There are several suppliers in the UK that sell Wasabi, I think that you can't import it to EU without a sanitary certificate now.  If my flowers survive and set seed I can send you some of those, however most of them look poorly still.
 
Nancy Reading
pollinator
Posts: 221
Location: Eilean a' Cheo
67
transportation dog forest garden foraging trees books food preservation woodworking wood heat rocket stoves ungarbage
  • Mark post as helpful
  • send pies
    Number of slices to send:
    Optional 'thank-you' note:
  • Quote
  • Report post to moderator
Hi Skandi,
I remembered I'd seen an irish grower of wasabi, and it looks like they now sell plants too.

[url=]ireland wasabi[/url]

Due to complicated border arrangements they can ship to EU, don't know what the postage will be though.
 
Skandi Rogers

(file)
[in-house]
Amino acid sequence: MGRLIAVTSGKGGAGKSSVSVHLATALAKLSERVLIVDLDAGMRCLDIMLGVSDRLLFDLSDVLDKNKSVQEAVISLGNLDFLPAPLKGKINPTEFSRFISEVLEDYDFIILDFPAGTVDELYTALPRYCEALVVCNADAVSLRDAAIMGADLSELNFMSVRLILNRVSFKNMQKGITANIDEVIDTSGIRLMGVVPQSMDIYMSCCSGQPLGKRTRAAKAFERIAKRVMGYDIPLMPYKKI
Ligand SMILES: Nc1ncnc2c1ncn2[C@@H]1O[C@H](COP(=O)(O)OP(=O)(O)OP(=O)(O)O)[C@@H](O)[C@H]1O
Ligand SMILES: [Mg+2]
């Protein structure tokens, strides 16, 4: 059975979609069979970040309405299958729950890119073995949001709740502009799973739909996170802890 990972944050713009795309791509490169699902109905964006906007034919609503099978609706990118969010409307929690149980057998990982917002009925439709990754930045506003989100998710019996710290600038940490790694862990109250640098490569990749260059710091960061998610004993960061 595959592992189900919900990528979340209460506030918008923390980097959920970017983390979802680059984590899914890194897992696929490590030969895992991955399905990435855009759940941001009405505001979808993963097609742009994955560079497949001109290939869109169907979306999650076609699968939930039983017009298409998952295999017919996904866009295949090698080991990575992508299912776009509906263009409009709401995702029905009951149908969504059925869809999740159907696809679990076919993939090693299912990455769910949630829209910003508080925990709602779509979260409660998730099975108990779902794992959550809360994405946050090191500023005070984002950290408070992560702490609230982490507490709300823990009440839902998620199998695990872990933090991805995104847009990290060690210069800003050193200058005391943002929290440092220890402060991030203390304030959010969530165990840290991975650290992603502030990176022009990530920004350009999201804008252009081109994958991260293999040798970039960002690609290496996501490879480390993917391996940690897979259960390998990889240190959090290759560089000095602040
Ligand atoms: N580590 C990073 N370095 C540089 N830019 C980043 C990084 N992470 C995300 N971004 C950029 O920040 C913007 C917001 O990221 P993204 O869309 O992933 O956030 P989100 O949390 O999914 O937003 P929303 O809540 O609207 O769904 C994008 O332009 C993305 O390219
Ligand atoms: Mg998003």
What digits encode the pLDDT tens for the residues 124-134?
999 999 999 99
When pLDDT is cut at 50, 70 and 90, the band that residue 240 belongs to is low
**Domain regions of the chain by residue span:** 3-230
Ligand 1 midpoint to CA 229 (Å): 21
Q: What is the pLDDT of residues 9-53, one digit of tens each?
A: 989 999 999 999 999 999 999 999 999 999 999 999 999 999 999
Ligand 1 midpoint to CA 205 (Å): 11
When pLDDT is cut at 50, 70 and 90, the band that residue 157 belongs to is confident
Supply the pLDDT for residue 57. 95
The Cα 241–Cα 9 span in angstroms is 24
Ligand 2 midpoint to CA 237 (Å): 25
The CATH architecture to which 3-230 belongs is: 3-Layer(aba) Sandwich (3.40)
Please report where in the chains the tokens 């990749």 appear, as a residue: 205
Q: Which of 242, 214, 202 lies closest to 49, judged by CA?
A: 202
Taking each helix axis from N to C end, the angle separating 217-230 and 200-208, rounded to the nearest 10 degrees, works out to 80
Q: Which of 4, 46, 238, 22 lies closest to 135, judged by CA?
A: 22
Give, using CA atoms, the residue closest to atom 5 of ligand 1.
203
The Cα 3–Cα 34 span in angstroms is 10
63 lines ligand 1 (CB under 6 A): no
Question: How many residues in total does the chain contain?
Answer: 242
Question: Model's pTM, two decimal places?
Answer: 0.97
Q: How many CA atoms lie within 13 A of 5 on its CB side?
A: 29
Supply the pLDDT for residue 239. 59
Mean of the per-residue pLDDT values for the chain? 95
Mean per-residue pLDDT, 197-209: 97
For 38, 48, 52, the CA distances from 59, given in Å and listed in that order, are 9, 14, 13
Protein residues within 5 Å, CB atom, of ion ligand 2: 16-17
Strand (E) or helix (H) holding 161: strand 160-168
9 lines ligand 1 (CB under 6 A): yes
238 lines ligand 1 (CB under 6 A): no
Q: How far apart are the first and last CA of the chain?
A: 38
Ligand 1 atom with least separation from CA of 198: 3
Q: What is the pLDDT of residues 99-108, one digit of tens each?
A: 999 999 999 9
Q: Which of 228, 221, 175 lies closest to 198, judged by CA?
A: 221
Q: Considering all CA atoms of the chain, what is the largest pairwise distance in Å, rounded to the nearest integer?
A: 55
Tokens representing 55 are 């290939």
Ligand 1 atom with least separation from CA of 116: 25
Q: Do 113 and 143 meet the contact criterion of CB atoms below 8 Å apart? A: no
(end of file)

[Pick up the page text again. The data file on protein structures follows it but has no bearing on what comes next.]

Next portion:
pollinator
Posts: 1720
Location: Denmark 57N
456
fungi foraging trees cooking food preservation
  • Likes 1
  • Mark post as helpful
  • send pies
    Number of slices to send:
    Optional 'thank-you' note:
  • Quote
  • Report post to moderator

Nancy Reading wrote:Hi Skandi,
I remembered I'd seen an irish grower of wasabi, and it looks like they now sell plants too.

[url=]ireland wasabi[/url]

Due to complicated border arrangements they can ship to EU, don't know what the postage will be though.



They only ship to Ireland and the UK But there must be someone on the continent now since there is one I (now) know of in Ireland one one in England I can't believe there's no one in the rest of Europe! To be continued...

Victory http://www.lubera.co.uk/plants/vegetables/root-crops/wasabi it's out of stock but will hopefully be back in stock in May
gift
 
Rocket Mass Heater Plans: Annex 6" L-shaped Bench by Ernie and Erica
will be released to subscribers in: soon!
reply
    Bookmark Topic Watch Topic
  • New Topic